I appreciate your work, along with Adam & the others. In fact, this is the only news content I open my wallet for.
You are correct that the publisher will have the final say. Tidbits the publisher has spoken in favor of US corporations following GDPR for two reasons, both of which I disagree with. The first is that it is a Good Thing. I disagree and think it is privacy theater. The second is that it is legally required. I disagree again. There is a third reason why organizations might implement GDPR, which is simply to reduce liability. But if the first two reasons are present, the third reason is irrelevant.
In this case, Tidbits has spoken of the copyright directive as a Bad Thing, so it will be interesting to see whether they implement it (assuming the law is passed). I suspect a number of companies will be changing their tune about reason #2. I could be wrong.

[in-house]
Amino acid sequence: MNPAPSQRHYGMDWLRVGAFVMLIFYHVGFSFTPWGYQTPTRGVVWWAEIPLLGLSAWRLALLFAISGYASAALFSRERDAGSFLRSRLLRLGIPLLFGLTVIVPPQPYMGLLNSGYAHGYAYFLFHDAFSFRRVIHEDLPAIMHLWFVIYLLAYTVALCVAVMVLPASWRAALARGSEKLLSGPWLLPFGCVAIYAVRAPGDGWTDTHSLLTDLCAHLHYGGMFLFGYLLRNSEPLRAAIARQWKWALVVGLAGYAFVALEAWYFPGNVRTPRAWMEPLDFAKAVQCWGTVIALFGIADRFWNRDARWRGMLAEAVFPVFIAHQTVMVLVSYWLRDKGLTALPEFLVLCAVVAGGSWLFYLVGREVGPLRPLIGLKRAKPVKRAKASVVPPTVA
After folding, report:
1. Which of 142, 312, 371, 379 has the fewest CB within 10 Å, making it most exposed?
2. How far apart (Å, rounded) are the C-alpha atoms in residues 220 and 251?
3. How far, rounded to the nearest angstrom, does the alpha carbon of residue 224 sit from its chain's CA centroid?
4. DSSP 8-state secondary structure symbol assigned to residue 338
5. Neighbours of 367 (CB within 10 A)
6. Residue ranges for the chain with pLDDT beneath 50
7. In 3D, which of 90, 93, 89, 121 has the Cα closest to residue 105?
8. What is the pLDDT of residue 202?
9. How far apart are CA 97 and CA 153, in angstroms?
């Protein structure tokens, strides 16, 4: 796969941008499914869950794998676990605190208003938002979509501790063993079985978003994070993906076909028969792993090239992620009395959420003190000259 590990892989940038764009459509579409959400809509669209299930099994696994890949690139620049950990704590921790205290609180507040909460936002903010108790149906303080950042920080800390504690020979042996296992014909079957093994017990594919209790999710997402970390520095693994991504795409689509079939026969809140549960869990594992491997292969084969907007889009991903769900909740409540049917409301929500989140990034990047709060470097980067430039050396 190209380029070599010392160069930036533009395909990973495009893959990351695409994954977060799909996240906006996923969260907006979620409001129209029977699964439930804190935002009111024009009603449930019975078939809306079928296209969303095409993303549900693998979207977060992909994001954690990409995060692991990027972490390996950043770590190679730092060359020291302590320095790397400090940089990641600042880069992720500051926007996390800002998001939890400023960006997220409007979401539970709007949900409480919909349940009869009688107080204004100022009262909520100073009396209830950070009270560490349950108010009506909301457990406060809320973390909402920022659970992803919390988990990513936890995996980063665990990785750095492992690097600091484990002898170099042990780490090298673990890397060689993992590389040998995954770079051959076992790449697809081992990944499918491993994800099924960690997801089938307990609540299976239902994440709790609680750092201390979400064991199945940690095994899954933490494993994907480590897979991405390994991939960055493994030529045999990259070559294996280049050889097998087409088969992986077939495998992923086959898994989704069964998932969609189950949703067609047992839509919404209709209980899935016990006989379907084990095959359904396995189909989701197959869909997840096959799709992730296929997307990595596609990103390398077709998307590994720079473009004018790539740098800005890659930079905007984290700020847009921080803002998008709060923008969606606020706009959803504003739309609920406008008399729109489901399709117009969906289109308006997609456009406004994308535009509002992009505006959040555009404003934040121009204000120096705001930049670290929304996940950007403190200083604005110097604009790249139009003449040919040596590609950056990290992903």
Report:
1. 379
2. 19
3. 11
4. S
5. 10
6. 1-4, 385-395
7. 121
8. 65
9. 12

I’m not following you here. There’s no editorial board issuing stories without bylines. Anything under my byline is my opinion when i’m verging away from factual reporting. Likewise for the other authors. Adam and Josh are the closest thing to a TidBITS editorial voice under their own bylines, but they’re speaking as writers. I’d say the only time Adam-the-publisher shows up is when he writes a story about the internal workings here.
The only exception to the above that I can see is what you might infer from what gets published overall. But I can tell you from experience that Adam-the-publisher has bought stories from me that Adam disagreed with—the litmus test is TidBITS appropriateness and reader interest.